## Calculus: Early Transcendentals 8th Edition

$$\lim_{x\to0}\frac{\sin^{-1}x}{x}=1$$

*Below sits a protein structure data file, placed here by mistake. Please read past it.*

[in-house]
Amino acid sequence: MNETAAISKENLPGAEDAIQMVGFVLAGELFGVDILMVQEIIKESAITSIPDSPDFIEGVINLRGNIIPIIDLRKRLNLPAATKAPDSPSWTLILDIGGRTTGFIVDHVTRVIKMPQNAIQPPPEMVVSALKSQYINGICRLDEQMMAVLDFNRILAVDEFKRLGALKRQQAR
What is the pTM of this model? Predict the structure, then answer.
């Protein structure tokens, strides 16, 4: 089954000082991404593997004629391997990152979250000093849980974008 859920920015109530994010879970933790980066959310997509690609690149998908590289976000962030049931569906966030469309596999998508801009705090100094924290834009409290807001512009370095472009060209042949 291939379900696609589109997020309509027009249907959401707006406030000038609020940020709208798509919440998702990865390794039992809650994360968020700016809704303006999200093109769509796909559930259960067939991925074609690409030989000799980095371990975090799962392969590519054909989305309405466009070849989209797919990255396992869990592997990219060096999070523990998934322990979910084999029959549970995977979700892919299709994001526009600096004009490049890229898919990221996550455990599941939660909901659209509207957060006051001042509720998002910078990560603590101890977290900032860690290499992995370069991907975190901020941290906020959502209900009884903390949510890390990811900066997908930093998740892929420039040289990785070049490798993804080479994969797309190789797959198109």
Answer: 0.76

$$A=\lim_{x\to0}\frac{\sin^{-1}x}{x}$$ Because $\lim_{x\to0}(\sin^{-1}x)=\sin^{-1}0=0$ and $\lim_{x\to0}x=0,$ an indeterminate form of $\frac{0}{0}$ is here, so L'Hospital's Rule can be applied. $$A=\lim_{x\to0}\frac{(\sin^{-1}x)'}{x'}$$ We have $(\sin^{-1}x)'=\frac{1}{\sqrt{1-x^2}}$, hence $$A=\lim_{x\to0}\frac{\frac{1}{\sqrt{1-x^2}}}{1}$$ $$A=\lim_{x\to0}\frac{1}{\sqrt{1-x^2}}$$ $$A=\frac{1}{\sqrt{1-0^2}}$$ $$A=\frac{1}{\sqrt1}=1$$